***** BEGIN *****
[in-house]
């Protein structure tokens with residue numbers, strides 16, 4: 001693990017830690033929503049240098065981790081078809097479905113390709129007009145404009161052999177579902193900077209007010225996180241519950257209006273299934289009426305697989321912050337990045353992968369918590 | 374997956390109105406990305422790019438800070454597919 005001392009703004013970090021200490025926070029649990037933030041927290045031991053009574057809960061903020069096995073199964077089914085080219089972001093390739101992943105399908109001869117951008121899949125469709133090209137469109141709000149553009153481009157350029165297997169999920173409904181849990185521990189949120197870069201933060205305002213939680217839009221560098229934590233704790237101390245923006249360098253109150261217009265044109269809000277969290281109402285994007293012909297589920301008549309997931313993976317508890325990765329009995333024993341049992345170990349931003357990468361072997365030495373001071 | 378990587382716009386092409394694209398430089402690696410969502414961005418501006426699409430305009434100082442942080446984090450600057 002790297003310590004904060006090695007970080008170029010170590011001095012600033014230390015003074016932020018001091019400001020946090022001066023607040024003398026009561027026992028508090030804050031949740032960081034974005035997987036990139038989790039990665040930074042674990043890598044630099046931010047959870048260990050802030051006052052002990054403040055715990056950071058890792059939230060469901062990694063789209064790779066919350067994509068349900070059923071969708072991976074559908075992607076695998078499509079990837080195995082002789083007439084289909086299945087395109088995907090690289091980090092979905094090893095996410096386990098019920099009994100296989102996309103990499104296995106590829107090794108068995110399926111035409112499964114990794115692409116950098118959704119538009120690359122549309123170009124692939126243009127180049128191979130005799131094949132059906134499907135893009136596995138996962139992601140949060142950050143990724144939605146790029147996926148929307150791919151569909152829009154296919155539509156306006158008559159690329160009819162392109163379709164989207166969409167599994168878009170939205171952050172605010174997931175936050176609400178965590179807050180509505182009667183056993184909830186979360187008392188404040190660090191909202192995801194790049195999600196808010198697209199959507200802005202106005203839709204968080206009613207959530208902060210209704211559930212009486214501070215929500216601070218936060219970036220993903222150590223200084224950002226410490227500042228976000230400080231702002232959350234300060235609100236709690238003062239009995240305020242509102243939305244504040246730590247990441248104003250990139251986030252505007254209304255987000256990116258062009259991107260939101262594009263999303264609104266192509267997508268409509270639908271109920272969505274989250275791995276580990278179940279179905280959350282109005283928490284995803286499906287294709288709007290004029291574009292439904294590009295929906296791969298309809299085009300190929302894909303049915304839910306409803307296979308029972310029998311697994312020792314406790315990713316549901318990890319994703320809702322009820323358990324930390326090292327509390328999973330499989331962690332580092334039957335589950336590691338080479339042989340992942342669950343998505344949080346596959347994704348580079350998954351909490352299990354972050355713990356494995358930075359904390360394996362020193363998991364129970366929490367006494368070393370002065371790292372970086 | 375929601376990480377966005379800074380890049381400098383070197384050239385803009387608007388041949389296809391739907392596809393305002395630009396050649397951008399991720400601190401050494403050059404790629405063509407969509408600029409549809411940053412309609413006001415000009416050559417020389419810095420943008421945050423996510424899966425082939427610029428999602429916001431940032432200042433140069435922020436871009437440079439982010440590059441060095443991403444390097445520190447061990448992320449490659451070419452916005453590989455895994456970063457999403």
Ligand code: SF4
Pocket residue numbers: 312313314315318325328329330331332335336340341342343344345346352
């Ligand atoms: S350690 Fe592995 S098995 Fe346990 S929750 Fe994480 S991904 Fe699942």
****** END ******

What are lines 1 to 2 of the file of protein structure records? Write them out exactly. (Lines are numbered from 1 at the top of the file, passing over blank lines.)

[in-house]
């Protein structure tokens with residue numbers, strides 16, 4: 001693990017830690033929503049240098065981790081078809097479905113390709129007009145404009161052999177579902193900077209007010225996180241519950257209006273299934289009426305697989321912050337990045353992968369918590 | 374997956390109105406990305422790019438800070454597919 005001392009703004013970090021200490025926070029649990037933030041927290045031991053009574057809960061903020069096995073199964077089914085080219089972001093390739101992943105399908109001869117951008121899949125469709133090209137469109141709000149553009153481009157350029165297997169999920173409904181849990185521990189949120197870069201933060205305002213939680217839009221560098229934590233704790237101390245923006249360098253109150261217009265044109269809000277969290281109402285994007293012909297589920301008549309997931313993976317508890325990765329009995333024993341049992345170990349931003357990468361072997365030495373001071 | 378990587382716009386092409394694209398430089402690696410969502414961005418501006426699409430305009434100082442942080446984090450600057 002790297003310590004904060006090695007970080008170029010170590011001095012600033014230390015003074016932020018001091019400001020946090022001066023607040024003398026009561027026992028508090030804050031949740032960081034974005035997987036990139038989790039990665040930074042674990043890598044630099046931010047959870048260990050802030051006052052002990054403040055715990056950071058890792059939230060469901062990694063789209064790779066919350067994509068349900070059923071969708072991976074559908075992607076695998078499509079990837080195995082002789083007439084289909086299945087395109088995907090690289091980090092979905094090893095996410096386990098019920099009994100296989102996309103990499104296995106590829107090794108068995110399926111035409112499964114990794115692409116950098118959704119538009120690359122549309123170009124692939126243009127180049128191979130005799131094949132059906134499907135893009136596995138996962139992601140949060142950050143990724144939605146790029147996926148929307150791919151569909152829009154296919155539509156306006158008559159690329160009819162392109163379709164989207166969409167599994168878009170939205171952050172605010174997931175936050176609400178965590179807050180509505182009667183056993184909830186979360187008392188404040190660090191909202192995801194790049195999600196808010198697209199959507200802005202106005203839709204968080206009613207959530208902060210209704211559930212009486214501070215929500216601070218936060219970036220993903222150590223200084224950002226410490227500042228976000230400080231702002232959350234300060235609100236709690238003062239009995240305020242509102243939305244504040246730590247990441248104003250990139251986030252505007254209304255987000256990116258062009259991107260939101262594009263999303264609104266192509267997508268409509270639908271109920272969505274989250275791995276580990278179940279179905280959350282109005283928490284995803286499906287294709288709007290004029291574009292439904294590009295929906296791969298309809299085009300190929302894909303049915304839910306409803307296979308029972310029998311697994312020792314406790315990713316549901318990890319994703320809702322009820323358990324930390326090292327509390328999973330499989331962690332580092334039957335589950336590691338080479339042989340992942342669950343998505344949080346596959347994704348580079350998954351909490352299990354972050355713990356494995358930075359904390360394996362020193363998991364129970366929490367006494368070393370002065371790292372970086 | 375929601376990480377966005379800074380890049381400098383070197384050239385803009387608007388041949389296809391739907392596809393305002395630009396050649397951008399991720400601190401050494403050059404790629405063509407969509408600029409549809411940053412309609413006001415000009416050559417020389419810095420943008421945050423996510424899966425082939427610029428999602429916001431940032432200042433140069435922020436871009437440079439982010440590059441060095443991403444390097445520190447061990448992320449490659451070419452916005453590989455895994456970063457999403």